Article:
Published: Thu, October 03, 2019
Money | By Brett Sutton

Soybeans exceed two-month high on China buying, US inventory shock

Soybeans exceed two-month high on China buying, US inventory shock

Corn stocks were at 2.114 billion bushels, the USDA said, below projections for 2.428 billion and down 1 per cent from a year ago.

US corn, soybean and wheat futures fell on Wednesday on a round of technical selling after posting sharp gains earlier this week, traders said.

Within the overseas markets, the crude oil market is $1.38 per barrel decrease, the US greenback is more significant, and the Dow Jones Industrials are 156 factors greater. Growers have struggled due to low prices, the U.S.

USDA positioned wheat shares at 2.38 billion bushels vs. the average commerce estimate at 2.318 billion.

The most active corn contract for December delivery was up 0.75 cent, or 0.2 percent week on week, to close at 3.715 dollars per bushel on Friday. With large shares anticipated in the present day's USDA crop report, lastly a bullish crop report.

The United States still has ample supplies in storage, traders said.

Most actively traded soybean futures ended up 2.4% at $9.06 a bushel at the Chicago Board of Trade.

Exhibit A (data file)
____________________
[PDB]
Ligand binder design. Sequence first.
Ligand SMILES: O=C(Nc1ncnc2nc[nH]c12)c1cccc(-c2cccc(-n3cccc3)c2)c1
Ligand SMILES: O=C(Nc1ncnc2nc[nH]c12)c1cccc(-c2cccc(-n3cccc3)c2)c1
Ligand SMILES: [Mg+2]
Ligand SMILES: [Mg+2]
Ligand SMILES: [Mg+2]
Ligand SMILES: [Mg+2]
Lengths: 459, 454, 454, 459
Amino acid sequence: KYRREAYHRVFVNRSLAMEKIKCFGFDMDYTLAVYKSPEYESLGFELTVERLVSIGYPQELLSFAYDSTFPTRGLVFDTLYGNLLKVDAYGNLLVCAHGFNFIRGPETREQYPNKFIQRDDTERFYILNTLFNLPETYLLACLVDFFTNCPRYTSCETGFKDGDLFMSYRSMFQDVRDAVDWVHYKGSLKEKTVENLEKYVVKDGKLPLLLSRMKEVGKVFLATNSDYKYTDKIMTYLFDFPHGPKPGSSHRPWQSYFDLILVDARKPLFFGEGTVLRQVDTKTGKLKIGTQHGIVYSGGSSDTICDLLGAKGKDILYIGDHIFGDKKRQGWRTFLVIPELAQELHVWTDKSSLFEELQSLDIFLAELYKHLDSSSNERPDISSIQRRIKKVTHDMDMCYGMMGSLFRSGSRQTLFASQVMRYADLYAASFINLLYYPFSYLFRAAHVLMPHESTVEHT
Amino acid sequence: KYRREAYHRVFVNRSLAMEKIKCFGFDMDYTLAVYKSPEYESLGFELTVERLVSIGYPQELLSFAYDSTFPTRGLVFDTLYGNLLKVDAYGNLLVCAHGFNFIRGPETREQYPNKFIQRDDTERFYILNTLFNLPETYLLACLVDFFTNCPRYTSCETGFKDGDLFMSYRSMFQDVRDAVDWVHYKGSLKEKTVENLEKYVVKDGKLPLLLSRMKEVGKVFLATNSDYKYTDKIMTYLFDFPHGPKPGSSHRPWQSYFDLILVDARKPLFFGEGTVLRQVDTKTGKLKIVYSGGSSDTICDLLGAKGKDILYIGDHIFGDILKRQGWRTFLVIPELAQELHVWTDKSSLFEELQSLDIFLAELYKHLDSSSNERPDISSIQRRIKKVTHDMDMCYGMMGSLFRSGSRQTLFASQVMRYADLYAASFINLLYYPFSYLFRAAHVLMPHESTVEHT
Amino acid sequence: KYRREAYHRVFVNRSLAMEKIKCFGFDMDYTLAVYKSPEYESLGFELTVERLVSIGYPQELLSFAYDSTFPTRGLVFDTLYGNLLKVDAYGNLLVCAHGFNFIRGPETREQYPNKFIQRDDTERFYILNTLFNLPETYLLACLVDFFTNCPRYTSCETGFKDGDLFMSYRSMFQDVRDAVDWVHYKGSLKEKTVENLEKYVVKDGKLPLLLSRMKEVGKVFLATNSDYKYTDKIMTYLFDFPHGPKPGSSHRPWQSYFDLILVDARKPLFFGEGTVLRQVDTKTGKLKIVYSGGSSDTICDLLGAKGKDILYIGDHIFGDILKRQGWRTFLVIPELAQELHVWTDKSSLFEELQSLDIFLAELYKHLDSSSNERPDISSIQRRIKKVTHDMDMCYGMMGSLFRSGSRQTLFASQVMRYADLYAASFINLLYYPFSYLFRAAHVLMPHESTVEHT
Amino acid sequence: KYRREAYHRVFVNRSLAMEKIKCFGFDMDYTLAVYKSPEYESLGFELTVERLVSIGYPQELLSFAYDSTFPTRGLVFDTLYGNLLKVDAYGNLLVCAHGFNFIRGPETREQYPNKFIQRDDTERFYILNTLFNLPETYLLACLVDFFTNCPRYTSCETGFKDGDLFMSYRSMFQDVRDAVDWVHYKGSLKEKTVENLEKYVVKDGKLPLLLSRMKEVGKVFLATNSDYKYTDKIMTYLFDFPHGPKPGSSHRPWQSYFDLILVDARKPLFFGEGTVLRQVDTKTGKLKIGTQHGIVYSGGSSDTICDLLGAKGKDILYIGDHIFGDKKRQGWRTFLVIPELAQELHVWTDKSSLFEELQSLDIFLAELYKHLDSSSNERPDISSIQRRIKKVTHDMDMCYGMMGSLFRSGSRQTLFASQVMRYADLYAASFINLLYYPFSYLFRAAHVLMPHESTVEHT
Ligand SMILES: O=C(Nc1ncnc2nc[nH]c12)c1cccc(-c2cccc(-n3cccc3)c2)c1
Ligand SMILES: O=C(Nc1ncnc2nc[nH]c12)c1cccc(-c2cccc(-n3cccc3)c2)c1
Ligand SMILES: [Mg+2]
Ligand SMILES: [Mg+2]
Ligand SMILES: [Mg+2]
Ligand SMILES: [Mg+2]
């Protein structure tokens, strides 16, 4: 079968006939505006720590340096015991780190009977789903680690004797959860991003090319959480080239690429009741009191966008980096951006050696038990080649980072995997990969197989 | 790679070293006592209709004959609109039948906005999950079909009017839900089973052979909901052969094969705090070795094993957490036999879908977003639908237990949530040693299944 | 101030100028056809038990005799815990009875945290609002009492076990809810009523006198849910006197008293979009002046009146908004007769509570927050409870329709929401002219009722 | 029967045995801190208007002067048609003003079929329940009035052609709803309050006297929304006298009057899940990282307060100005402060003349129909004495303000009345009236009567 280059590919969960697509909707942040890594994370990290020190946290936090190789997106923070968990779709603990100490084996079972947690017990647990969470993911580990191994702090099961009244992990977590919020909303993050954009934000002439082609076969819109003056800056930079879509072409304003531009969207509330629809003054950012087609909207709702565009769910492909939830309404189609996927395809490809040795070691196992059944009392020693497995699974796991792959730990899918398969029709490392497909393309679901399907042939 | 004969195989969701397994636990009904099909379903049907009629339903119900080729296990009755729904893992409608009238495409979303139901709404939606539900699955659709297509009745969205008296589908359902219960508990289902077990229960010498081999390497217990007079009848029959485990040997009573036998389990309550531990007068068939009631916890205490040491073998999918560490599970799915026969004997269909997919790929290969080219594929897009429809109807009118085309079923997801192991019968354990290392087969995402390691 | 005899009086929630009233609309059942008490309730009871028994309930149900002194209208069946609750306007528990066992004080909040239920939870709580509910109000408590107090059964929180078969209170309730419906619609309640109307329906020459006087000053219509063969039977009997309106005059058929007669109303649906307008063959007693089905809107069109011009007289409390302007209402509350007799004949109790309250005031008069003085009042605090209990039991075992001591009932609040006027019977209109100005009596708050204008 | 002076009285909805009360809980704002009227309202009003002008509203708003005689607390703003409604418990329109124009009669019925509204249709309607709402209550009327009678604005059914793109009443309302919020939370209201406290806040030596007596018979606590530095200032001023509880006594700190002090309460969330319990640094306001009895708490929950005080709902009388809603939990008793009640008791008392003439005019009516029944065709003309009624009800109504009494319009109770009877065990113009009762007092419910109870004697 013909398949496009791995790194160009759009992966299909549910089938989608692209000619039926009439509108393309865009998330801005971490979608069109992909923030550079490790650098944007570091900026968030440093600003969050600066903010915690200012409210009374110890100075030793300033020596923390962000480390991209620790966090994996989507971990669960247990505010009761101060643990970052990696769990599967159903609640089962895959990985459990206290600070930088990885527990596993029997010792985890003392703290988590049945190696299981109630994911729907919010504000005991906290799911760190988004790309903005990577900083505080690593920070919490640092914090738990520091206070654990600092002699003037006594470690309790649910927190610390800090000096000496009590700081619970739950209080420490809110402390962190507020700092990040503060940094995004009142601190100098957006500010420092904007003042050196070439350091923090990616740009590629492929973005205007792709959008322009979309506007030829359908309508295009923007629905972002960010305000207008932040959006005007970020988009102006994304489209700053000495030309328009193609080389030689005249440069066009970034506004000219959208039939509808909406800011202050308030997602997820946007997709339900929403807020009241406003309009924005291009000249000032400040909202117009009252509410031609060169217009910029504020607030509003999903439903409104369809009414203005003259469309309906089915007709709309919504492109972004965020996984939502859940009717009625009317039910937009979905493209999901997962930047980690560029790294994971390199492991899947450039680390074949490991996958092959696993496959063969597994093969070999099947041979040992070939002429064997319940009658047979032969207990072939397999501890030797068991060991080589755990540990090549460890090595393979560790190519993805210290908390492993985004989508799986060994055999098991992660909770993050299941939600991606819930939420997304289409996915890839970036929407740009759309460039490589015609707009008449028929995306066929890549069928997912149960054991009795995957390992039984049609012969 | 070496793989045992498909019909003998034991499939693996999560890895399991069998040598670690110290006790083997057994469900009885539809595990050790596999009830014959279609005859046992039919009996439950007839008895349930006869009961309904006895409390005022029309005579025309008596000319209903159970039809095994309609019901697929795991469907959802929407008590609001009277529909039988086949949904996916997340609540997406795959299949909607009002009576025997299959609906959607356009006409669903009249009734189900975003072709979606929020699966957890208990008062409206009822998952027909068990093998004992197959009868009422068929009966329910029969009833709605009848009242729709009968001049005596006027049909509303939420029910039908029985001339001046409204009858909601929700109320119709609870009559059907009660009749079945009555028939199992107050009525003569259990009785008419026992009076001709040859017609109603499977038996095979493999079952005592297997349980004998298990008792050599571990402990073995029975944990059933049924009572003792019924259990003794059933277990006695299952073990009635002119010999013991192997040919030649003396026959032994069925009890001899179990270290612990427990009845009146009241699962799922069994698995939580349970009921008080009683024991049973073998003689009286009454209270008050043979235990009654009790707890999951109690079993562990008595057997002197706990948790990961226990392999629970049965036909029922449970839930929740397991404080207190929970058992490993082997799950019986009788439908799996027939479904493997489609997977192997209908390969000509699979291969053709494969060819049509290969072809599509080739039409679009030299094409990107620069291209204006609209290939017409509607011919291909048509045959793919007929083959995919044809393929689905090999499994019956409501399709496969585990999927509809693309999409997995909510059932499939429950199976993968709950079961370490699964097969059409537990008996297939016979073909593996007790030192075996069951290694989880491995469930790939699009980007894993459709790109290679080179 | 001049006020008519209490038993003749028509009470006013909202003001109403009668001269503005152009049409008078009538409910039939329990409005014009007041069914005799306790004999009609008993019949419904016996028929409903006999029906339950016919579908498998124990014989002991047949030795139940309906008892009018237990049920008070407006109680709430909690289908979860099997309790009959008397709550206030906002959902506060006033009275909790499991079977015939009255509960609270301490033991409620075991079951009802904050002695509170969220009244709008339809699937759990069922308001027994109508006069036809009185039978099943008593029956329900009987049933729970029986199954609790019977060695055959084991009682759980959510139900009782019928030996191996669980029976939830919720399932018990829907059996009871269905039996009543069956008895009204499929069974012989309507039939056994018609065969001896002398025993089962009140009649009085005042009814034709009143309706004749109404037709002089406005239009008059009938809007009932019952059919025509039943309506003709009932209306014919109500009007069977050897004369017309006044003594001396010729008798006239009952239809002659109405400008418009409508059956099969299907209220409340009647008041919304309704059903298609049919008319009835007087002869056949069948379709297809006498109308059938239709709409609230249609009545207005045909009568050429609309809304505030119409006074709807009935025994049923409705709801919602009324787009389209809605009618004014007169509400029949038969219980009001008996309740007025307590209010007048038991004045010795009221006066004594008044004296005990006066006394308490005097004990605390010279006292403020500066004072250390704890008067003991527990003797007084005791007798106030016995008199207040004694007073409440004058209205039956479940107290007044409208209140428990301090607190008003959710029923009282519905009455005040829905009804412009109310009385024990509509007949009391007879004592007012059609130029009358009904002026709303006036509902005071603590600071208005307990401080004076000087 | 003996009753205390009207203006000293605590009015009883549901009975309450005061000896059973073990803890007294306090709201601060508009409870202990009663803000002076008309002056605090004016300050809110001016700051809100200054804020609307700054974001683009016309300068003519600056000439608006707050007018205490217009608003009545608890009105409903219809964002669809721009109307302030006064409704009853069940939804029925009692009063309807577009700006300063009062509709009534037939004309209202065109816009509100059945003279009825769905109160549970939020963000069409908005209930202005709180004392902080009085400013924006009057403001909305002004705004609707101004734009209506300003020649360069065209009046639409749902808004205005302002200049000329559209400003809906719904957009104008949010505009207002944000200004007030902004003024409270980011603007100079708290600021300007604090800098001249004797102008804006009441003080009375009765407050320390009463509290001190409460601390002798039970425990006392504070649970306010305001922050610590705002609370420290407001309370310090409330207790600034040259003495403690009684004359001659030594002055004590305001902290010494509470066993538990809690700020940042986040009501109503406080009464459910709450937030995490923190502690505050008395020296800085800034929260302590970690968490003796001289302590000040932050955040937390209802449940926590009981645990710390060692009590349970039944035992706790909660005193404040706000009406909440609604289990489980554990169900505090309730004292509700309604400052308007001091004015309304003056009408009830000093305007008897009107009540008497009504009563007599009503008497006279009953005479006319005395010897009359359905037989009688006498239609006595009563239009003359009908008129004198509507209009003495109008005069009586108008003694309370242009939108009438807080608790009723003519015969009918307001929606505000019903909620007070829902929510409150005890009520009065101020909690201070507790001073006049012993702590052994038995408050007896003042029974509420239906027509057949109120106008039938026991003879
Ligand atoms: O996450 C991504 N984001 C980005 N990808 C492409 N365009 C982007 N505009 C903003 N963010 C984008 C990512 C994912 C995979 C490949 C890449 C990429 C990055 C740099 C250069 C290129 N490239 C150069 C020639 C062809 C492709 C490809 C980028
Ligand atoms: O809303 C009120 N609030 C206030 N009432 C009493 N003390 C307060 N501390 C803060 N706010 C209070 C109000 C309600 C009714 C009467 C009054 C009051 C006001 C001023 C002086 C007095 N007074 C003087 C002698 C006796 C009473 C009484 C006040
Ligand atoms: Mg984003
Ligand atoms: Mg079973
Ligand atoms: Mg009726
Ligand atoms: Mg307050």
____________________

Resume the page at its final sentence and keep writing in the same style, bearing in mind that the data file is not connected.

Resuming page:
But private exporters on Wednesday reported to the USDA export sales of 581,000 metric tons of soybeans for delivery to China during the 2019/2020 marketing year.

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CBOT agricultural futures traded mixed on Thursday, with soybean futures falling slightly despite traders are awaiting more Chinese purchases of USA soybeans.

Chinese firms have recently inquired with US suppliers and purchased USA agricultural products, a spokesperson of Chinese Ministry of Commerce (MOC) said on Thursday.

China, the world's largest soybean importer, has slashed USA imports during the trade dispute.

Corn futures went down on disappointing weekly export data.

Farmers welcomed the rallies after crop prices plunged last month when the federal agency estimated that this autumn's harvests would be larger than many projected.

The USDA estimated US soybean supplies as of September 1 at 913 million bushels, below the average estimate for 982 million.

Here's a closer look at spring wheat, corn and soybeans, the region's three major crops.

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